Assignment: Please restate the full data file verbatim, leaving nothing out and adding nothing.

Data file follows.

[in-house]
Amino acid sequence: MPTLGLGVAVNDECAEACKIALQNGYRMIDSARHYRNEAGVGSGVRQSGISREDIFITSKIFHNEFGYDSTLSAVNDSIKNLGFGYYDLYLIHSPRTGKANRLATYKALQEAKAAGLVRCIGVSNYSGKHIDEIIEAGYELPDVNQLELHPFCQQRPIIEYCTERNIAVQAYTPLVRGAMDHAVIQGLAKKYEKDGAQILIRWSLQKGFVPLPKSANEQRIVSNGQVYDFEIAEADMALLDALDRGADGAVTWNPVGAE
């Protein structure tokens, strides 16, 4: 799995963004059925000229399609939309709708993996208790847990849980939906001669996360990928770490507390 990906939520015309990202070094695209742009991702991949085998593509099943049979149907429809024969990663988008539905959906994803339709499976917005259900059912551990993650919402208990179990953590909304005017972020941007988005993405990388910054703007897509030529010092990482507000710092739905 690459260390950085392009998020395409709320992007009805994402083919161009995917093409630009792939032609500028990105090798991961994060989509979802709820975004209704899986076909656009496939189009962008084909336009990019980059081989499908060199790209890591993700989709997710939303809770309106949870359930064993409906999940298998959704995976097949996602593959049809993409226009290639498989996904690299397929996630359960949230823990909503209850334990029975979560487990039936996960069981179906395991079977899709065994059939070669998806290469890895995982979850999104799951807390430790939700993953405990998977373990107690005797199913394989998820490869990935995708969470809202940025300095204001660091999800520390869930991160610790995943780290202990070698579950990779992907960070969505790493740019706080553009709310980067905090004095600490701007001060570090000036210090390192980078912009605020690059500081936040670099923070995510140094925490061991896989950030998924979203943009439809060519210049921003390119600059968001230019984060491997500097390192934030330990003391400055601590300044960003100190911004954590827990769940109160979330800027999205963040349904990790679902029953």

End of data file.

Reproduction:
[in-house]
Amino acid sequence: MPTLGLGVAVNDECAEACKIALQNGYRMIDSARHYRNEAGVGSGVRQSGISREDIFITSKIFHNEFGYDSTLSAVNDSIKNLGFGYYDLYLIHSPRTGKANRLATYKALQEAKAAGLVRCIGVSNYSGKHIDEIIEAGYELPDVNQLELHPFCQQRPIIEYCTERNIAVQAYTPLVRGAMDHAVIQGLAKKYEKDGAQILIRWSLQKGFVPLPKSANEQRIVSNGQVYDFEIAEADMALLDALDRGADGAVTWNPVGAE
């Protein structure tokens, strides 16, 4: 799995963004059925000229399609939309709708993996208790847990849980939906001669996360990928770490507390 990906939520015309990202070094695209742009991702991949085998593509099943049979149907429809024969990663988008539905959906994803339709499976917005259900059912551990993650919402208990179990953590909304005017972020941007988005993405990388910054703007897509030529010092990482507000710092739905 690459260390950085392009998020395409709320992007009805994402083919161009995917093409630009792939032609500028990105090798991961994060989509979802709820975004209704899986076909656009496939189009962008084909336009990019980059081989499908060199790209890591993700989709997710939303809770309106949870359930064993409906999940298998959704995976097949996602593959049809993409226009290639498989996904690299397929996630359960949230823990909503209850334990029975979560487990039936996960069981179906395991079977899709065994059939070669998806290469890895995982979850999104799951807390430790939700993953405990998977373990107690005797199913394989998820490869990935995708969470809202940025300095204001660091999800520390869930991160610790995943780290202990070698579950990779992907960070969505790493740019706080553009709310980067905090004095600490701007001060570090000036210090390192980078912009605020690059500081936040670099923070995510140094925490061991896989950030998924979203943009439809060519210049921003390119600059968001230019984060491997500097390192934030330990003391400055601590300044960003100190911004954590827990769940109160979330800027999205963040349904990790679902029953």